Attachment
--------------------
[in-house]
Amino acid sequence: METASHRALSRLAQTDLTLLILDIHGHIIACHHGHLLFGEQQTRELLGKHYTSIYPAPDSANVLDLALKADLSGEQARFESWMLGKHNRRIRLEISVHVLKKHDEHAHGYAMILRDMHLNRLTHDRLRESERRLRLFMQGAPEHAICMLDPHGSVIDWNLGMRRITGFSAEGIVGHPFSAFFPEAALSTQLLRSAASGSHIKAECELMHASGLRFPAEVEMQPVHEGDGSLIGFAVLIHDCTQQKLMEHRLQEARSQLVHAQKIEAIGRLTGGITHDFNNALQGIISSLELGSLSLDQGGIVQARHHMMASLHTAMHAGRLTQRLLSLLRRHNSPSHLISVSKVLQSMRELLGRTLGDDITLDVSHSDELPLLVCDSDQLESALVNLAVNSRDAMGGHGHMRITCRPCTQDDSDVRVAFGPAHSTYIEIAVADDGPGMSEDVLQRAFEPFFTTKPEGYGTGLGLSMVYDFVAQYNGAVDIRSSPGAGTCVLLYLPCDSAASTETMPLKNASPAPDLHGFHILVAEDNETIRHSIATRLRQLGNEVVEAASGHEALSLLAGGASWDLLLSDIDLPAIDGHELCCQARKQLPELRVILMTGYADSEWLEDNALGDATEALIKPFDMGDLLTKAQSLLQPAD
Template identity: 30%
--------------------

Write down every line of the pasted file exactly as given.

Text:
[in-house]
Amino acid sequence: METASHRALSRLAQTDLTLLILDIHGHIIACHHGHLLFGEQQTRELLGKHYTSIYPAPDSANVLDLALKADLSGEQARFESWMLGKHNRRIRLEISVHVLKKHDEHAHGYAMILRDMHLNRLTHDRLRESERRLRLFMQGAPEHAICMLDPHGSVIDWNLGMRRITGFSAEGIVGHPFSAFFPEAALSTQLLRSAASGSHIKAECELMHASGLRFPAEVEMQPVHEGDGSLIGFAVLIHDCTQQKLMEHRLQEARSQLVHAQKIEAIGRLTGGITHDFNNALQGIISSLELGSLSLDQGGIVQARHHMMASLHTAMHAGRLTQRLLSLLRRHNSPSHLISVSKVLQSMRELLGRTLGDDITLDVSHSDELPLLVCDSDQLESALVNLAVNSRDAMGGHGHMRITCRPCTQDDSDVRVAFGPAHSTYIEIAVADDGPGMSEDVLQRAFEPFFTTKPEGYGTGLGLSMVYDFVAQYNGAVDIRSSPGAGTCVLLYLPCDSAASTETMPLKNASPAPDLHGFHILVAEDNETIRHSIATRLRQLGNEVVEAASGHEALSLLAGGASWDLLLSDIDLPAIDGHELCCQARKQLPELRVILMTGYADSEWLEDNALGDATEALIKPFDMGDLLTKAQSLLQPAD
Template identity: 30%